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In working with a social services agency that provides a continuum of programs across the behavioral health and child welfare spectrum the need to adequately manage individual worker and total program caseloads has become increasingly difficult due to burgeoning demand.

Each program has already developed a profile for ranking the complexity of a client based a select number of factors (i.e. diagnosis, previous encounters, results of assessment instruments, etc.).

What we are trying to develop now is an approach to act as a load balancer for new cases to ensure that individual workers' caseloads are balanced with the complexity of cases. We can do this manually to some degree but if there was a way to automate and take the human bias out of it, that is the goal.

Are there are any algorithms or adaptable approaches that have been used to do such a task (even in other sectors)?

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  • $\begingroup$ I think this is a very good, high-level question on approaches. (Hopefully it will garner an answer that can point you in the right direction for deep exploration on one of the related AI stacks, such as Data Science.) Welcome to AI! $\endgroup$ – DukeZhou Aug 29 '17 at 23:01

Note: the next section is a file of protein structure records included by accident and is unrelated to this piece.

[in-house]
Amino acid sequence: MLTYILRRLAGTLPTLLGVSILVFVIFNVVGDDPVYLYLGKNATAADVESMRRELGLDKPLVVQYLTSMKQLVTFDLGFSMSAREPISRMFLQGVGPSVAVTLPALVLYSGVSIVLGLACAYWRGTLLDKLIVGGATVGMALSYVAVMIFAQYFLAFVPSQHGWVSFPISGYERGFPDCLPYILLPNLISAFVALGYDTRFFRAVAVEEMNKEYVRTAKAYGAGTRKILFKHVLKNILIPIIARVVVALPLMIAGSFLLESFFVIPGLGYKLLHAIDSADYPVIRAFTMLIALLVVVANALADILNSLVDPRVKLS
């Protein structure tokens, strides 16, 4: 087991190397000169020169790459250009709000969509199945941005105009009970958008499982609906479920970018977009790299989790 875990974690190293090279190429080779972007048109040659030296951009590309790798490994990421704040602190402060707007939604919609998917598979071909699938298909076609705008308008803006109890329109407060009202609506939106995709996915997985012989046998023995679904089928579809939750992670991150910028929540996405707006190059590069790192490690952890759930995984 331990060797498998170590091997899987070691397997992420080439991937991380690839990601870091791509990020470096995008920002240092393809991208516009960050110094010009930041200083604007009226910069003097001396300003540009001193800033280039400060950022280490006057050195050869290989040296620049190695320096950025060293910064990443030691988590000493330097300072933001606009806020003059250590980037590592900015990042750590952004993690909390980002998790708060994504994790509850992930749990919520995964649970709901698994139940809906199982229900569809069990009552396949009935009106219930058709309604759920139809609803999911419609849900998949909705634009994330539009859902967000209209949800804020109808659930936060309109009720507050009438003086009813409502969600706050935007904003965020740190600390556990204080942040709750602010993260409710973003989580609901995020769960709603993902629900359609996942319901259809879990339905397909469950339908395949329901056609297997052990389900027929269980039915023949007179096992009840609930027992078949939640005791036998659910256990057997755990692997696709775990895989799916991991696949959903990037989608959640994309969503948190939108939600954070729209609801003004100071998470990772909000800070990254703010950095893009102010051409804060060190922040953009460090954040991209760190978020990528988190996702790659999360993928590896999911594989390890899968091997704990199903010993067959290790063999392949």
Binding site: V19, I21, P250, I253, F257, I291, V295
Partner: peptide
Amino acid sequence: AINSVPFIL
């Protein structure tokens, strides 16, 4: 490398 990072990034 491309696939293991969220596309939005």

• $\begingroup$ Just to clarify, you are asking for an algorithm that takes in a new case, estimates it’s caseload on the average worker, and assigns it to a worker such that no one is over burdened? Is caseload measured in difficulty or in estimates time to complete? $\endgroup$ – Jaden Travnik Feb 14 '18 at 13:50
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It sounds like you're looking at the Partition Problem. https://en.wikipedia.org/wiki/Partition_problem

The task of slicing one set into N sets so that each set is equal or as close to equal as possible.

Obtaining an exact solution is NP-hard (you can't do much better than trying all combinations), however you can get an approximate answer in polynomial time.

Greedy approach:

  1. Create N sets, each initially empty
  2. Sort all items in descending order (by their complexity score)
  3. for each item add it to the set with the lowest sum

If N is large, you may want to put the sets into a min heap/priority queue.

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